Saturday, August 7, 2010

David Chung wins Western Amateur, his 2nd major win in a row

David with teammate Wilson Bowen -- click to enlarge

With his teammate Wilson Bowen caddying, rising junior David Chung wins the Western Amateur at Skokie CC in Glencoe, Illinois.  The Western Amateur is considered the 2nd most important amateur championship in the US behind only the US Amateur, knocking off 4 Pac-10 golfers in the process.  This impressive win comes one week after David won the Porter Cup  in NY, probably the 3rd most important amateur event.

Past champions of the Western Amateur have included Tiger Woods, Justin Leonard, Phil Mickelson, Hal Sutton, Curtis Strange, Ben Crenshaw, Andy North and Lanny Wadkins -- all major championship winners.

With this win David will jump to #2 in the world amateur rankings maintained by Golf Week.  His Stanford teammates Andrew Yun (#18), Sihwan Kim (#36), Steve Ziegler (#69) and Cameron Wilson (#118) are all in the rankings as well.

In the finals David beat UCLA junior Gregor Main 2 & 1 on the strength of a 5-under round capped off by birdies on the 14th and 15th holes.  To reach the afternoon finals he beat former ASU player Chan Kim, who will turn pro soon, in the semis on the 19th hole in the morning in a round with 5 birdies.
The Finals Scorecard --- click to enlarge

The official website has a complete summary of the event with match by match scoring.  Here are a few comments from the official website about the final match:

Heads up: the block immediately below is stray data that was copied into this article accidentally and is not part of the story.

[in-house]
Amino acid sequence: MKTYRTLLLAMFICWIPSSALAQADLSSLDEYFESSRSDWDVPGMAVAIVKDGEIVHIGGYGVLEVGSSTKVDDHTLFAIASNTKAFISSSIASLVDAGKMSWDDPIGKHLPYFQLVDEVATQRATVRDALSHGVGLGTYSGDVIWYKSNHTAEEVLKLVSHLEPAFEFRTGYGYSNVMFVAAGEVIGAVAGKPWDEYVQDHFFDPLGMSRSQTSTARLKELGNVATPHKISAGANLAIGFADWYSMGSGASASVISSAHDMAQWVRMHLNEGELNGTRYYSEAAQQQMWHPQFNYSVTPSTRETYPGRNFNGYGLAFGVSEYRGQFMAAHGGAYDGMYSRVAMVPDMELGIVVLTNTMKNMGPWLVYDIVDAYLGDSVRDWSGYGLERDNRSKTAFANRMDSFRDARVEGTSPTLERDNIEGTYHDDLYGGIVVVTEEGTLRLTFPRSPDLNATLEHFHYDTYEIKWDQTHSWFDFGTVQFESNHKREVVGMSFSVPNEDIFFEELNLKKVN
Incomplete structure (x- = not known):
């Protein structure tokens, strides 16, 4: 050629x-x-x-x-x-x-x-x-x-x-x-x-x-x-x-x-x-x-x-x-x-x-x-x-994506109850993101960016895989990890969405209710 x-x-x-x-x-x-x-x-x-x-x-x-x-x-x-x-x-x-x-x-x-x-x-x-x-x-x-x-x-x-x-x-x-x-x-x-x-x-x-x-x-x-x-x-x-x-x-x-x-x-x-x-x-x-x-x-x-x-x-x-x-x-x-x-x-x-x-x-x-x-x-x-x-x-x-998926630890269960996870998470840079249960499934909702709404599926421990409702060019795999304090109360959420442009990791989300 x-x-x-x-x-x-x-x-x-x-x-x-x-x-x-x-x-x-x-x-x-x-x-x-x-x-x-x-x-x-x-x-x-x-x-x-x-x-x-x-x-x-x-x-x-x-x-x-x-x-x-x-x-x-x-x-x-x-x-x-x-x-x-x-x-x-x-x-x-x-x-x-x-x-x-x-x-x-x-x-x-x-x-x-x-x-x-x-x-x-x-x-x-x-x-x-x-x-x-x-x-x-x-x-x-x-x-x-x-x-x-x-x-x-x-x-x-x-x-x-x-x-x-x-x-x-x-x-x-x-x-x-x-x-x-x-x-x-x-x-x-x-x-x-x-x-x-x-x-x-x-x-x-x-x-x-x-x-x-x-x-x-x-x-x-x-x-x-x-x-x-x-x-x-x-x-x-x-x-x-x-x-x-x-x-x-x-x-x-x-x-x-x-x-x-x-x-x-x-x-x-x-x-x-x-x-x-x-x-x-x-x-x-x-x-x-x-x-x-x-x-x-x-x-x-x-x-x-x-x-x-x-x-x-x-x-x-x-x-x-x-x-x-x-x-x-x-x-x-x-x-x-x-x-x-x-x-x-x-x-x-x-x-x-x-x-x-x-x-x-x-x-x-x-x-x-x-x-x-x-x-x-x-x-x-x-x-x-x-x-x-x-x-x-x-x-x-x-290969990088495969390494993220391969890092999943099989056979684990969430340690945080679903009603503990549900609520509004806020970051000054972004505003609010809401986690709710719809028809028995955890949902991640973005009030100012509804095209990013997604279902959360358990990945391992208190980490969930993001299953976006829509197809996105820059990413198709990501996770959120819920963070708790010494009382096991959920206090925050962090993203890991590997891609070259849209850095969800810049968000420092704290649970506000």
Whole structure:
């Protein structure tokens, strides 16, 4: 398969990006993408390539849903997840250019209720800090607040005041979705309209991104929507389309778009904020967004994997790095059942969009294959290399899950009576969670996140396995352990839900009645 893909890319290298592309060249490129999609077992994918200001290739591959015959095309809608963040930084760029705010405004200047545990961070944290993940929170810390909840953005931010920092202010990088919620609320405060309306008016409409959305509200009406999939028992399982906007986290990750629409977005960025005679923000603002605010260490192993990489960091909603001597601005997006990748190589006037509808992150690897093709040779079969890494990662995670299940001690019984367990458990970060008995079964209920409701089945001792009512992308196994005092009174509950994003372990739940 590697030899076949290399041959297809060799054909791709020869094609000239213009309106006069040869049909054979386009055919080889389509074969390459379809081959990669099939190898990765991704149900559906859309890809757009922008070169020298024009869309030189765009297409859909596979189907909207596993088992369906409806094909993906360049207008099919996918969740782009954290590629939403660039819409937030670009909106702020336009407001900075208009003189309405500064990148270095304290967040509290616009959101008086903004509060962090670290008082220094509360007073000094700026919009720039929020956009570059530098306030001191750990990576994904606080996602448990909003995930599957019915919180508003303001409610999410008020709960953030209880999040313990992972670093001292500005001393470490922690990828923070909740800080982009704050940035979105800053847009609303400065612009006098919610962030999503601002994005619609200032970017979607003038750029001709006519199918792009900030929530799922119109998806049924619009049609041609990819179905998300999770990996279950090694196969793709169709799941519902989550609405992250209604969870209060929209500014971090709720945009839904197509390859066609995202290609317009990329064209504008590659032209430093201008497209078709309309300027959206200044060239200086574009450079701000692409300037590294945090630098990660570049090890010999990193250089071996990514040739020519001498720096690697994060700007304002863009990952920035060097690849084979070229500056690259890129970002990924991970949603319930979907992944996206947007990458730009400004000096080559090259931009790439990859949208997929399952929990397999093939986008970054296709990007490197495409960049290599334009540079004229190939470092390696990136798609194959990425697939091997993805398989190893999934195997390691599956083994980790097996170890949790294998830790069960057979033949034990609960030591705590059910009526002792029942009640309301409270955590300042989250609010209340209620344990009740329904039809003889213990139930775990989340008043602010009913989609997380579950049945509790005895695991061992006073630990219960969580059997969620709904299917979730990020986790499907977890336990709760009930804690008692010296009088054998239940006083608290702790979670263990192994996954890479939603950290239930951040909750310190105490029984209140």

Photo by Western Amateur

“The Western Amateur is definitely the biggest tournament I’ve won,” Chung said after receiving the George R. Thorne championship trophy that goes to the tournament winner.  “It’s held on one of the most prestigious courses in the nation, it’s a grueling format, and the match play element of it makes it mentally demanding. It’s a lot of golf.  It’s an endurance test.”

Chung, 20, who won the Porter Cup last week in Niagra Falls,
came back from two holes down early in the final match, birdieing five of his first six holes on the back nine. Chung, who uses a long putter, was playing so well that when Main reeled off three consecutive birdies on holes 11, 12, and 13, he picked up only one hole, and the match remained tied as the two players walked to the 448-yard par 4 14th.

“Making birdie on 11, 12, and 13 and only getting one back there was tough,” Main said. 

On the 14th, Chung drained a 20-foot uphill putt for birdie while Main’s tee shot hit a tree and dropped down into a fairway bunker 195 yards from the green.  Though he hit the green from the bunker, Main had little chance to hole his cross-country 60-foot birdie putt – and didn’t. Advantage, Chung.

“That was a great putt to have go in,” said Chung, who had missed a couple of putts earlier in the match.  “It was like retribution.”

On the driveable par 4, 325-yard 15th, Main’s tee shot just missed hitting the flagstick by inches and wound up just over the green in the rough. Meanwhile, Chung smiled and high-fived his caddie and Stanford teammate Wilson Bowen of nearby Winnetka, Ill., after they watched his high-draw tee shot fly the pin and end up on the green some 40 feet past the hole.

Main’s eagle chip from the rough slid six feet past the hole and he missed the come-backer that would have given him another much-needed birdie.  Chung lagged his first putt to just over two feet and calmly made birdie to go 2-up with three holes to play. Both players bogeyed the par 3 250-yard 16th, where Main drove into the greenside bunker and Chung three-putted; still Chung was dormie.